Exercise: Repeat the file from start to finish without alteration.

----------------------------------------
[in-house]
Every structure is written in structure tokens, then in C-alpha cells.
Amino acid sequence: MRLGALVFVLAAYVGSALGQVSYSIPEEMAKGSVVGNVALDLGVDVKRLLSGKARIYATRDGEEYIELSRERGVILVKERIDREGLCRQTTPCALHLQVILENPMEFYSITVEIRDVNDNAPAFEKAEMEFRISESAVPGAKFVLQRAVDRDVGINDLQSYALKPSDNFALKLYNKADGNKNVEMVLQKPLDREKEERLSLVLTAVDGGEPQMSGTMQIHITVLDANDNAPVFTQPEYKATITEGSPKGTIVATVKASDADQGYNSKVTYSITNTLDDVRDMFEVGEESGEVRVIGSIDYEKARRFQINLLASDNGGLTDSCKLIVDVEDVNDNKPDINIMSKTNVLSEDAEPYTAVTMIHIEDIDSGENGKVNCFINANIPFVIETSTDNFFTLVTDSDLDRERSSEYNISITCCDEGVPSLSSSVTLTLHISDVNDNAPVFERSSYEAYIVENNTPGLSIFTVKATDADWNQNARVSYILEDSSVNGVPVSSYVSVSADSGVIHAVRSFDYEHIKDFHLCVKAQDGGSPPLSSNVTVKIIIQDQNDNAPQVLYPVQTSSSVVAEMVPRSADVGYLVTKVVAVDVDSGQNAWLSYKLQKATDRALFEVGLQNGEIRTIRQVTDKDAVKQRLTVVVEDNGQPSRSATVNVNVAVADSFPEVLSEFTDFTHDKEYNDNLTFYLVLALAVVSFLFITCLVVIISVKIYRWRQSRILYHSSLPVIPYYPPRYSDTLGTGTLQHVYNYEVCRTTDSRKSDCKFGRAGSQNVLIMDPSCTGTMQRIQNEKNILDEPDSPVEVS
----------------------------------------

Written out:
[in-house]
Every structure is written in structure tokens, then in C-alpha cells.
Amino acid sequence: MRLGALVFVLAAYVGSALGQVSYSIPEEMAKGSVVGNVALDLGVDVKRLLSGKARIYATRDGEEYIELSRERGVILVKERIDREGLCRQTTPCALHLQVILENPMEFYSITVEIRDVNDNAPAFEKAEMEFRISESAVPGAKFVLQRAVDRDVGINDLQSYALKPSDNFALKLYNKADGNKNVEMVLQKPLDREKEERLSLVLTAVDGGEPQMSGTMQIHITVLDANDNAPVFTQPEYKATITEGSPKGTIVATVKASDADQGYNSKVTYSITNTLDDVRDMFEVGEESGEVRVIGSIDYEKARRFQINLLASDNGGLTDSCKLIVDVEDVNDNKPDINIMSKTNVLSEDAEPYTAVTMIHIEDIDSGENGKVNCFINANIPFVIETSTDNFFTLVTDSDLDRERSSEYNISITCCDEGVPSLSSSVTLTLHISDVNDNAPVFERSSYEAYIVENNTPGLSIFTVKATDADWNQNARVSYILEDSSVNGVPVSSYVSVSADSGVIHAVRSFDYEHIKDFHLCVKAQDGGSPPLSSNVTVKIIIQDQNDNAPQVLYPVQTSSSVVAEMVPRSADVGYLVTKVVAVDVDSGQNAWLSYKLQKATDRALFEVGLQNGEIRTIRQVTDKDAVKQRLTVVVEDNGQPSRSATVNVNVAVADSFPEVLSEFTDFTHDKEYNDNLTFYLVLALAVVSFLFITCLVVIISVKIYRWRQSRILYHSSLPVIPYYPPRYSDTLGTGTLQHVYNYEVCRTTDSRKSDCKFGRAGSQNVLIMDPSCTGTMQRIQNEKNILDEPDSPVEVS